Ken Rowe, ACER

Publication Date



Background paper to keynote address presented at the Combined LDA, RSTAQ & SPELD Associations Conference1 Brisbane Convention & Exhibition Centre, 21-22 September 2007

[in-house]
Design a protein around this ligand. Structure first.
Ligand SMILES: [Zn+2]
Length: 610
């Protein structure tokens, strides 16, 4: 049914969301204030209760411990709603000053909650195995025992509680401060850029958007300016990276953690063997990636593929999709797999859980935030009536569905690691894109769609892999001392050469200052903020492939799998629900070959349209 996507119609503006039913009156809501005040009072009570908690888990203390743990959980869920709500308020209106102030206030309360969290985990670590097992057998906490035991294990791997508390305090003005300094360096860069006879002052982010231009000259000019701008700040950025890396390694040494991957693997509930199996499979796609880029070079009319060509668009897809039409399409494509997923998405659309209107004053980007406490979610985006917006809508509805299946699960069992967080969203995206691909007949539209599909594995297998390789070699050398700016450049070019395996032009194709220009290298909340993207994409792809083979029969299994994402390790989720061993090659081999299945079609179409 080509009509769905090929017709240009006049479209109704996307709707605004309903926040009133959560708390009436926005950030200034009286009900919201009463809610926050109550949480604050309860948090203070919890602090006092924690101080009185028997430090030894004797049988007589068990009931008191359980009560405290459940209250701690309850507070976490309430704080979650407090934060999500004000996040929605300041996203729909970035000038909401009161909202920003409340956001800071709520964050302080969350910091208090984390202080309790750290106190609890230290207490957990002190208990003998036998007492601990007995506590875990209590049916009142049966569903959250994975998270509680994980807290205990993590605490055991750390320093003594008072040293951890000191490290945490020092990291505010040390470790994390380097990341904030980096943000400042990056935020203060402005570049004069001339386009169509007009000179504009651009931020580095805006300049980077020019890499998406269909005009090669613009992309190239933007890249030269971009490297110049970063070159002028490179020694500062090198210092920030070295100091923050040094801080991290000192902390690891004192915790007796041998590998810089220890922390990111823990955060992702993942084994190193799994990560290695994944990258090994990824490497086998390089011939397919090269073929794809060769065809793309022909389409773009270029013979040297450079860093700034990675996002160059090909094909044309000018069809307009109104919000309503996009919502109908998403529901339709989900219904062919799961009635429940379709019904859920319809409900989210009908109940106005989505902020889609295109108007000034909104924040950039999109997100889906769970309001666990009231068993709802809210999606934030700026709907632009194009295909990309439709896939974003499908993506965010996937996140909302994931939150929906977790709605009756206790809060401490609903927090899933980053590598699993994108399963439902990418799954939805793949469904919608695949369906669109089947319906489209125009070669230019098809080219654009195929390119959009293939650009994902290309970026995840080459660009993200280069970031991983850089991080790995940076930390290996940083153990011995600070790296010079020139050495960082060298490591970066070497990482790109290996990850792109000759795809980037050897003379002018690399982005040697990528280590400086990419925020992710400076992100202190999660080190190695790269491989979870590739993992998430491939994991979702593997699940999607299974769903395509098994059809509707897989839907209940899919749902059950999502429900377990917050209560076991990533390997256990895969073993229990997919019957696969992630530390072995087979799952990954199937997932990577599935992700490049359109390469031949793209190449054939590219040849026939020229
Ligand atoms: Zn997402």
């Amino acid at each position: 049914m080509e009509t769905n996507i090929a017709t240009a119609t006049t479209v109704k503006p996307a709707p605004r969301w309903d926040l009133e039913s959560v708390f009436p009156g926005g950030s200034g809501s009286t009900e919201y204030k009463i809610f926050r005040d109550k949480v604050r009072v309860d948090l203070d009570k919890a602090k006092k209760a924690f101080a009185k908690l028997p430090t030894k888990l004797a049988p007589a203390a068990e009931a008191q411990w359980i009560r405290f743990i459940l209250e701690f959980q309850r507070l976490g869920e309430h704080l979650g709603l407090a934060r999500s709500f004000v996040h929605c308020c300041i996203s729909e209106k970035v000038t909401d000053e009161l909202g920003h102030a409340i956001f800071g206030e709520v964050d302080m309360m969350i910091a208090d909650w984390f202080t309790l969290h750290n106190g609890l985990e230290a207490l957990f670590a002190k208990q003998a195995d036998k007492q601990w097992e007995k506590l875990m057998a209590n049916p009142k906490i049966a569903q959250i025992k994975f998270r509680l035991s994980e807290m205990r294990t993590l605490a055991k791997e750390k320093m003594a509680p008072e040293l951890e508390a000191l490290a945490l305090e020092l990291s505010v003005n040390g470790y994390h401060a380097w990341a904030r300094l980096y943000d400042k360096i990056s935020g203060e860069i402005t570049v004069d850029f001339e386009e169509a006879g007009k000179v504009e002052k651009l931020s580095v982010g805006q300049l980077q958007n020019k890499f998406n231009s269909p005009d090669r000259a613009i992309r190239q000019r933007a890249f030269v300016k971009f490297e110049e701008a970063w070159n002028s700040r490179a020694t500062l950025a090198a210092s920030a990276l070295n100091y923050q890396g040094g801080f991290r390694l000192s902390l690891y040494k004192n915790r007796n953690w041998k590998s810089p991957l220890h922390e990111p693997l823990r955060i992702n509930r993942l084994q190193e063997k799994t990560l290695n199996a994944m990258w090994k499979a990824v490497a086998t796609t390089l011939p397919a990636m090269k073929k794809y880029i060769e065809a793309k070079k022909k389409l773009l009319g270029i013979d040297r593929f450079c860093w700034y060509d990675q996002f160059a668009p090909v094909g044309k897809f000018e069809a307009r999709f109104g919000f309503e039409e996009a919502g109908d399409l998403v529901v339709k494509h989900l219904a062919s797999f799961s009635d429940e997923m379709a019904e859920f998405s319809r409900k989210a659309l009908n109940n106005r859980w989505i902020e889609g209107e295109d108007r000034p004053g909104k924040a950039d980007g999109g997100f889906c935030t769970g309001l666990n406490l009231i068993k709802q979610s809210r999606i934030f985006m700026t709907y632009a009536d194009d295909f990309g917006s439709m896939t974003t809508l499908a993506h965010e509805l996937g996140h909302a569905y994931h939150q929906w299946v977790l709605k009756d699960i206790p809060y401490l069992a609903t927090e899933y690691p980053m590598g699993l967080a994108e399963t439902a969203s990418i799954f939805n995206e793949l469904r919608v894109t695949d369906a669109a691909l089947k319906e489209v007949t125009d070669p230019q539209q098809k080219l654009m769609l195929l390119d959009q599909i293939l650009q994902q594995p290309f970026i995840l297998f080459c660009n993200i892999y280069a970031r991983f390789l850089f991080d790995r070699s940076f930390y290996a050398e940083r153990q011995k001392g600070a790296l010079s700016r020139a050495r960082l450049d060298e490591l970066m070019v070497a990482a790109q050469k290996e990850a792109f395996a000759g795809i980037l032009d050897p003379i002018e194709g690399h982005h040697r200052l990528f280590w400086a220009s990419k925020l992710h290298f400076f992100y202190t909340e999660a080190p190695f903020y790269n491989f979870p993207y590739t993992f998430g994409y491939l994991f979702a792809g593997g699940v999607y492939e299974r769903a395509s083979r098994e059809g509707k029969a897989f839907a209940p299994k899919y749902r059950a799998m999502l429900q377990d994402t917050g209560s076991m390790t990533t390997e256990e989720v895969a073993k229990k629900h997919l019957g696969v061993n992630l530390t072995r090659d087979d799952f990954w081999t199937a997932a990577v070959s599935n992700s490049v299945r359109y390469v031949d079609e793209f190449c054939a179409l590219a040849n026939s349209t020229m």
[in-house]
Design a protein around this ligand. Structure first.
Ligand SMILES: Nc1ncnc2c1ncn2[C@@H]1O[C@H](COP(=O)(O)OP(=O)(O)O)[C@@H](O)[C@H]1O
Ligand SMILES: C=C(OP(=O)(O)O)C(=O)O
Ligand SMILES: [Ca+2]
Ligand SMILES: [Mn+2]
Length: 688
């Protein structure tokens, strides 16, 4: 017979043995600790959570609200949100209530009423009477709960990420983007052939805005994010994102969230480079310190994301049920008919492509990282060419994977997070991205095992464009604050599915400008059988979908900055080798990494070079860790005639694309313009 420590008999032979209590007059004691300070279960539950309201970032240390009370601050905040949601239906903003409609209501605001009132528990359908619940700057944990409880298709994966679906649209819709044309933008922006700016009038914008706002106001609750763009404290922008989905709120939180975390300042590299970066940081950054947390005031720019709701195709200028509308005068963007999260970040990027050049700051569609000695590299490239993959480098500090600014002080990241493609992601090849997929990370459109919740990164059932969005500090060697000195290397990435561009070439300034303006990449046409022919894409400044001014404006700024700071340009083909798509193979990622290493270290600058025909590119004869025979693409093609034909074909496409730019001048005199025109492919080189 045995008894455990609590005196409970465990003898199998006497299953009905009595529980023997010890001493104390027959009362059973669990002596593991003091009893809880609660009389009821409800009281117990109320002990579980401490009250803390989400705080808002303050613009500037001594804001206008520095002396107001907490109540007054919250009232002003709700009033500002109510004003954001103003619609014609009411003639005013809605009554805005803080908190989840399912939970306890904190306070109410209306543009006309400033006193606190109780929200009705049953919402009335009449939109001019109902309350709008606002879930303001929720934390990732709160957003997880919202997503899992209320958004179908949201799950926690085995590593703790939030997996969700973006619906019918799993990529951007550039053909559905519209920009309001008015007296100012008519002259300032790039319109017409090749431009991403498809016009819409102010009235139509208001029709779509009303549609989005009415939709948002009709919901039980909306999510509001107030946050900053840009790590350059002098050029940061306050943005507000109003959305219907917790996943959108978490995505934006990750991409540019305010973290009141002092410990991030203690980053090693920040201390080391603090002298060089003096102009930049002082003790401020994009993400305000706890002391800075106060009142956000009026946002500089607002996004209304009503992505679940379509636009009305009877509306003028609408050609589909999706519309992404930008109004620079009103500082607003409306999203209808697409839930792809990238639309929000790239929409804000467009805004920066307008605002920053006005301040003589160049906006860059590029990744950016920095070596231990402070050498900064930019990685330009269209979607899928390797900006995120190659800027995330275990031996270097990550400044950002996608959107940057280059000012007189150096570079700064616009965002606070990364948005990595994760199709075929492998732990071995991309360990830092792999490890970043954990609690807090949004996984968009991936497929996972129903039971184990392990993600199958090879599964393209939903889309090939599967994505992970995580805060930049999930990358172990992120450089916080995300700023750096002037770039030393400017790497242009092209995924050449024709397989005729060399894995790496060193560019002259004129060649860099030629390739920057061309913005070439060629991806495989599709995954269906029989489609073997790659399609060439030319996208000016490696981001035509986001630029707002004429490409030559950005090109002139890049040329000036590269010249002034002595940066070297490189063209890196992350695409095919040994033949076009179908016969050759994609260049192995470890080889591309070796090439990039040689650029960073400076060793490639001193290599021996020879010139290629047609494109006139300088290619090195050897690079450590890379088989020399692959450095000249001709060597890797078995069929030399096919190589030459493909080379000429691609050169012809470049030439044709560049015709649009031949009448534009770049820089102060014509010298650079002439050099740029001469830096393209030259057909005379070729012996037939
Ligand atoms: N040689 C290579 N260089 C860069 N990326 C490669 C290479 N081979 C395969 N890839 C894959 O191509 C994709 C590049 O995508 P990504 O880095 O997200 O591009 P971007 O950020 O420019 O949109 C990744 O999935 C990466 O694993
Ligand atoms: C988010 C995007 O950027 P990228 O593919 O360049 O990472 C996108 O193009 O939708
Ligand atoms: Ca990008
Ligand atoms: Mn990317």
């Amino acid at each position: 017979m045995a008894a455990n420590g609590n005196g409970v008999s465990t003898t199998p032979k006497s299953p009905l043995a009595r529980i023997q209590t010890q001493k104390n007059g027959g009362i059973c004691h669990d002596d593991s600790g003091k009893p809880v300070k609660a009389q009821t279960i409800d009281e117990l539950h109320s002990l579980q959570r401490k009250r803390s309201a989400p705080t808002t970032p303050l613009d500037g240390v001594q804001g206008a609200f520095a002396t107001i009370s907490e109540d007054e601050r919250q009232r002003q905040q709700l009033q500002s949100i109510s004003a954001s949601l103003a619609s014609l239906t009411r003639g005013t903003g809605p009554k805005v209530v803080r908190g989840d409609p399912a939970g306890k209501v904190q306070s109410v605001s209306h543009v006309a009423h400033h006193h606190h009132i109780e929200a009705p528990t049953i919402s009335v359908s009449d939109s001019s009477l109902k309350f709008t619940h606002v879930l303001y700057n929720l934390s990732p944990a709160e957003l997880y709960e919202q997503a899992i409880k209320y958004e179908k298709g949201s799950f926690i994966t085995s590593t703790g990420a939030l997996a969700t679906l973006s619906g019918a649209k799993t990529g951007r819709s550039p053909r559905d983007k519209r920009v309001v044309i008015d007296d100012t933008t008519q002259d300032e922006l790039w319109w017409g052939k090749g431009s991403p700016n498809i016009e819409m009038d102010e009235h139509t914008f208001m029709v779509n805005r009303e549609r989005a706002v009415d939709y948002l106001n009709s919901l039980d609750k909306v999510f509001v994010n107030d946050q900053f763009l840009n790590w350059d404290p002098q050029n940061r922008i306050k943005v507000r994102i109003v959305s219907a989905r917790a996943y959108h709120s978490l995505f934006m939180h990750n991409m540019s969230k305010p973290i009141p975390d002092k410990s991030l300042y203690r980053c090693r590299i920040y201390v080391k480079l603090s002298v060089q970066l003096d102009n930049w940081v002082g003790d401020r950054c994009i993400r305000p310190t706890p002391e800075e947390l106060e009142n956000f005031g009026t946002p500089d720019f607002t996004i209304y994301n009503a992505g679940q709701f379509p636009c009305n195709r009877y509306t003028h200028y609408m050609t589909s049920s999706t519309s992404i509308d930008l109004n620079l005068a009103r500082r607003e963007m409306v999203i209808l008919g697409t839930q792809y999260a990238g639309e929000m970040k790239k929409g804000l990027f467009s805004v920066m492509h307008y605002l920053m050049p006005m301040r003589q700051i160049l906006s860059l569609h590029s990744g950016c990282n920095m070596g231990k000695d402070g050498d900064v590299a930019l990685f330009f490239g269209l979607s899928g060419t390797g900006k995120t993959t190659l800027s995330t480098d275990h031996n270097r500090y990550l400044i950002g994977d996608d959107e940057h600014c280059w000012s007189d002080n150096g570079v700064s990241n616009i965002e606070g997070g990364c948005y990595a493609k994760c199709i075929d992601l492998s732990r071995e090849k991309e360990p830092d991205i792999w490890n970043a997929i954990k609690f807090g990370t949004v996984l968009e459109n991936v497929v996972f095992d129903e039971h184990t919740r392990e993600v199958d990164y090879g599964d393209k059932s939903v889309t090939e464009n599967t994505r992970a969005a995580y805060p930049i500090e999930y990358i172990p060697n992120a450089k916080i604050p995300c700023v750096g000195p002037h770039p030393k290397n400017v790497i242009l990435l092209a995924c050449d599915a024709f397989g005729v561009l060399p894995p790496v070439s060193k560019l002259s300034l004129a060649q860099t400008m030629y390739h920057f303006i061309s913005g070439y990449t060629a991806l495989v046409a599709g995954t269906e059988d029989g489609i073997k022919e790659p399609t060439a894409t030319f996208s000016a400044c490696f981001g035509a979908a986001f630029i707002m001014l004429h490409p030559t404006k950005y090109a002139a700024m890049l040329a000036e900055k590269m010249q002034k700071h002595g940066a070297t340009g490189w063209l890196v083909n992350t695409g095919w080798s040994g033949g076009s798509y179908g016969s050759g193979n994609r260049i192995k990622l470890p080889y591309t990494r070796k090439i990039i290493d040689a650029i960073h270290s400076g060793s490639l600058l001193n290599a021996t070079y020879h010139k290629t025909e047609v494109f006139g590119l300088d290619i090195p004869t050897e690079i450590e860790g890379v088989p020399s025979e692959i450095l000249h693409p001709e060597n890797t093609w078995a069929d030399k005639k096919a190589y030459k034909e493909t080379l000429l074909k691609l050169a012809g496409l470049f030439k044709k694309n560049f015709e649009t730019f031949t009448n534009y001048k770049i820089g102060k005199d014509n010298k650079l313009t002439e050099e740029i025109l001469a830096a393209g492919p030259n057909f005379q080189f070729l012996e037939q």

Following a brief discussion of the fundamental importance of monitoring growth, this paper draws from emerging findings from evidence-based research and ‘state-of-the art’ practice in assessment and reporting of students’ developmental and learning progress – whether or not students experience learning difficulties. The monitoring of individual progress over time requires both diagnostic and developmental assessments of such progress on well-constructed scales (or ‘maps’) that are qualitatively described. The use of such ‘maps’ enables early detection of potential ‘risk factors’, and the monitoring of both individuals and groups across the years of schooling. Such ‘maps’ and their reporting products constitute major aids in: (a) the integration of assessment into the teaching and learning cycle, (b) assisting children and adolescents to take ‘ownership’ of their learning and achievement progress, and (c) communicating with parents and other interested stakeholders. The paper concludes by arguing that since teachers are the most valuable resource available to any school, there is a crucial need for capacity building in teacher professionalism in terms of what teachers should know and be able to do. These include: (1) knowledge gained from quality assessment, and (2) teaching practices that are demonstrably effective in assisting ALL students to grow, informed by findings from evidence-based research.